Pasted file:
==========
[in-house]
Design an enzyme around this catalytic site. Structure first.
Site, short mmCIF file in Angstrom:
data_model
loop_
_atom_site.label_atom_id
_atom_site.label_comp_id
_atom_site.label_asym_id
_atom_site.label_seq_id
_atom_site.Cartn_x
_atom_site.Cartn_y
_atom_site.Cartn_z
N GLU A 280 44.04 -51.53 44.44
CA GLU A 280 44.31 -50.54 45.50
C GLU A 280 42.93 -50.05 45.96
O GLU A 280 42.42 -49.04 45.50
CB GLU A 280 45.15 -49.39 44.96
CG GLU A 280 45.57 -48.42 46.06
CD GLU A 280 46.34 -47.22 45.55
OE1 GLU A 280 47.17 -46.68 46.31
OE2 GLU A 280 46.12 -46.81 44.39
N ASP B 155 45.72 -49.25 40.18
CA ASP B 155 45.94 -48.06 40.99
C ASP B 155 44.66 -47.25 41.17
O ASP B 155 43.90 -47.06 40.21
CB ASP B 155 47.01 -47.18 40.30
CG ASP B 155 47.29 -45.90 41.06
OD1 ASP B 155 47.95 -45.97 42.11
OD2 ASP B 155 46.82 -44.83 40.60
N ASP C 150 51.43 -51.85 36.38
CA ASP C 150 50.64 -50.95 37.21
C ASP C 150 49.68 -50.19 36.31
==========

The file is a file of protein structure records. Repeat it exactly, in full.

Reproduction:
[in-house]
Design an enzyme around this catalytic site. Structure first.
Site, short mmCIF file in Angstrom:
data_model
loop_
_atom_site.label_atom_id
_atom_site.label_comp_id
_atom_site.label_asym_id
_atom_site.label_seq_id
_atom_site.Cartn_x
_atom_site.Cartn_y
_atom_site.Cartn_z
N GLU A 280 44.04 -51.53 44.44
CA GLU A 280 44.31 -50.54 45.50
C GLU A 280 42.93 -50.05 45.96
O GLU A 280 42.42 -49.04 45.50
CB GLU A 280 45.15 -49.39 44.96
CG GLU A 280 45.57 -48.42 46.06
CD GLU A 280 46.34 -47.22 45.55
OE1 GLU A 280 47.17 -46.68 46.31
OE2 GLU A 280 46.12 -46.81 44.39
N ASP B 155 45.72 -49.25 40.18
CA ASP B 155 45.94 -48.06 40.99
C ASP B 155 44.66 -47.25 41.17
O ASP B 155 43.90 -47.06 40.21
CB ASP B 155 47.01 -47.18 40.30
CG ASP B 155 47.29 -45.90 41.06
OD1 ASP B 155 47.95 -45.97 42.11
OD2 ASP B 155 46.82 -44.83 40.60
N ASP C 150 51.43 -51.85 36.38
CA ASP C 150 50.64 -50.95 37.21
C ASP C 150 49.68 -50.19 36.31